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Poll: Americans Consider Rush Limbaugh Nation's Most Influential Conservative

Limbaugh was chosen by 26 percent of those who responded, followed by Glenn Beck at 11 percent. Dick Cheney and Sarah Palin got 10 percent each.
 
 
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They must be so proud:

By a wide margin, Americans consider Rush Limbaugh the nation's most influential conservative voice.

Those are the results of a poll conducted by " 60 Minutes " and Vanity Fair magazine and issued Sunday. The radio host was picked by 26 percent of those who responded, followed by Fox News Channel's Glenn Beck at 11 percent. Actual politicians -- former Vice President Dick Cheney and former vice presidential candidate Sarah Palin -- were the choice of 10 percent each.

It's true, they are the most influential conservative voices. But if anyone still thinks the Republicans are the party of ideas they probably need to think again.

The fight for dominance in this influential sphere is on, with all the above battling for supremacy. Here's the latest from Beck, via Think Progress:

In recent days, former Alaska governor Sarah Palin has indicated that she may be open to a conservative presidential dream ticket in 2012: Palin-Beck (or Beck-Palin). "I can envision a couple of different combinations, if ever I were to be in a position to really even seriously consider running for anything in the future, and I'm not there yet," Palin told Newsmax. "But Glenn Beck I have great respect for. He's a hoot." Fox and Friends plugged the idea yesterday morning and asked Palin whether she would run with Beck. She kept the door open, saying, " I don't know. We'll see, we'll see."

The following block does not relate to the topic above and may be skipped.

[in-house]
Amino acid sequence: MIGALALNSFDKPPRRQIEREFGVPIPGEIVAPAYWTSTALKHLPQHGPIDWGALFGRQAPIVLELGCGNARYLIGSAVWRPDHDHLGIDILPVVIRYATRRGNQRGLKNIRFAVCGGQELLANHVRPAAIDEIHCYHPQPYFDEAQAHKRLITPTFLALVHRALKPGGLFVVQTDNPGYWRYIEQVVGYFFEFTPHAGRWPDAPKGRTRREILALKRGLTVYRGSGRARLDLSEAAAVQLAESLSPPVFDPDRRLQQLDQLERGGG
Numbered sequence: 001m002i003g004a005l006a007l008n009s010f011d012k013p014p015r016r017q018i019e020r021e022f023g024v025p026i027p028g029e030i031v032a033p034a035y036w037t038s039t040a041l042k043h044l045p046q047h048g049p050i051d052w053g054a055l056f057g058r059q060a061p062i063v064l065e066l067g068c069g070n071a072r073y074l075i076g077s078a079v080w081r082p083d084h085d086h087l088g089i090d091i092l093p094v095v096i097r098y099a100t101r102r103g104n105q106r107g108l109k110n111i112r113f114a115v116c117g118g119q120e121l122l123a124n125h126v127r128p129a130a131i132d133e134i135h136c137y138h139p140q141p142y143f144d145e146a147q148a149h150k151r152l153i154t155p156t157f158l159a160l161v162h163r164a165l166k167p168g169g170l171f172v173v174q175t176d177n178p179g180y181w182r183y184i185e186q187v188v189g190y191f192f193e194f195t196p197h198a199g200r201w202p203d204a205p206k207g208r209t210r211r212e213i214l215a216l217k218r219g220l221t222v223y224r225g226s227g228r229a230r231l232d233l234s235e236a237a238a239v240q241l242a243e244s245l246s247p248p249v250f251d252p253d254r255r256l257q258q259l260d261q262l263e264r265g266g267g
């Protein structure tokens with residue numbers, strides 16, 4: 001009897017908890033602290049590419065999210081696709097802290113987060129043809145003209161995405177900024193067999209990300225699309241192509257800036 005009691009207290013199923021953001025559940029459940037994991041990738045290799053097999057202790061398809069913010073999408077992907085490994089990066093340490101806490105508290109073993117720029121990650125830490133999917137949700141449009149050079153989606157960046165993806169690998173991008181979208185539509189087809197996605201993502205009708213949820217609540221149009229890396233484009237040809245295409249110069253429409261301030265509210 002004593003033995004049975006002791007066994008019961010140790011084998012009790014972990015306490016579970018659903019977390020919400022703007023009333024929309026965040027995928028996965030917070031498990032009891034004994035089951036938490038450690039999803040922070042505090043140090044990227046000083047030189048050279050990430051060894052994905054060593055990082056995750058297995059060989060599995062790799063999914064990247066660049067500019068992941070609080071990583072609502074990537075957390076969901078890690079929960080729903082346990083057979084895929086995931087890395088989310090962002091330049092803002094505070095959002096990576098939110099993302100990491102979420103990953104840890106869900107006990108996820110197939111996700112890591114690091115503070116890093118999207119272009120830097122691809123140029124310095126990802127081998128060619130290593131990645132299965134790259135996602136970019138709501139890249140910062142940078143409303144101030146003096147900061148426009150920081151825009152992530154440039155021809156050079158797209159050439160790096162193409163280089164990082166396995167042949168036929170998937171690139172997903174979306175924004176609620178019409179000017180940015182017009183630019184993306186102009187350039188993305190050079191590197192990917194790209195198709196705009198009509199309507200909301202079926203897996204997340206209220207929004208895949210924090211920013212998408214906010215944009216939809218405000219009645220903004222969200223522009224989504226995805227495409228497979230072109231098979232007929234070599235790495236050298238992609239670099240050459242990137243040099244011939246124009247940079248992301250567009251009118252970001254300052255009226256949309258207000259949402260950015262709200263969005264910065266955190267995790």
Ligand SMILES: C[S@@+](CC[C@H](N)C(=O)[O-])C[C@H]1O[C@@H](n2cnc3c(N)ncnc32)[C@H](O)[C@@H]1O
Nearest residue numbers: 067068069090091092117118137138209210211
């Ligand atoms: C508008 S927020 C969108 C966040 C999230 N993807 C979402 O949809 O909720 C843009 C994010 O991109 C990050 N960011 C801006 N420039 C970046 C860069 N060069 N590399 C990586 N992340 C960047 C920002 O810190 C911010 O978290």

But just a few hours later on his radio show, Beck shot down the idea, saying he was "absolutely" ruling out a Palin-Beck ticket. He explained that if he had the number two job, Palin would always be "yapping" like they were in "the kitchen":

BECK: I don't think things are hoots. I don't. I don't think it's a hoot. I would never use the word hoot, and I respectfully ask that every time my name is brought up she would stop using the word "hoot." [...]

No, no I'm just saying -- Beck-Palin, I’ll consider. But Palin-Beck -- can you imagine, can you imagine what an administration with the two of us would be like? What? Come on! She'd be yapping or something, and I'd say, "I'm sorry, why am I hearing your voice? I'm not in the kitchen."

These people are so confused.

Digby is the proprietor of Hullabaloo.

 
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